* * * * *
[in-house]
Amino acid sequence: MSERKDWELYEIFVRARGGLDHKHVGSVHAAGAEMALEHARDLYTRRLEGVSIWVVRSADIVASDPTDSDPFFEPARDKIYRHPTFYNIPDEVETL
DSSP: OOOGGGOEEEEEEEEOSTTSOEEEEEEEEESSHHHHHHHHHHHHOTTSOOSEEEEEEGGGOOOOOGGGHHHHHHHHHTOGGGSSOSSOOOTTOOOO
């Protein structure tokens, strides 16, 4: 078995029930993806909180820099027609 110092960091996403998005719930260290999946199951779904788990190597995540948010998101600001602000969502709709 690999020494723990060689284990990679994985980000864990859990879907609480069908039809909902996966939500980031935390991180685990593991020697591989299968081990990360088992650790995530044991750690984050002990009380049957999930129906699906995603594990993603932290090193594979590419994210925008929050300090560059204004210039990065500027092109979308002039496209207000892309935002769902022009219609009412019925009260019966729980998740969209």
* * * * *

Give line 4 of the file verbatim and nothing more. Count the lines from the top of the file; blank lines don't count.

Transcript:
């Protein structure tokens, strides 16, 4: 078995029930993806909180820099027609 110092960091996403998005719930260290999946199951779904788990190597995540948010998101600001602000969502709709 690999020494723990060689284990990679994985980000864990859990879907609480069908039809909902996966939500980031935390991180685990593991020697591989299968081990990360088992650790995530044991750690984050002990009380049957999930129906699906995603594990993603932290090193594979590419994210925008929050300090560059204004210039990065500027092109979308002039496209207000892309935002769902022009219609009412019925009260019966729980998740969209």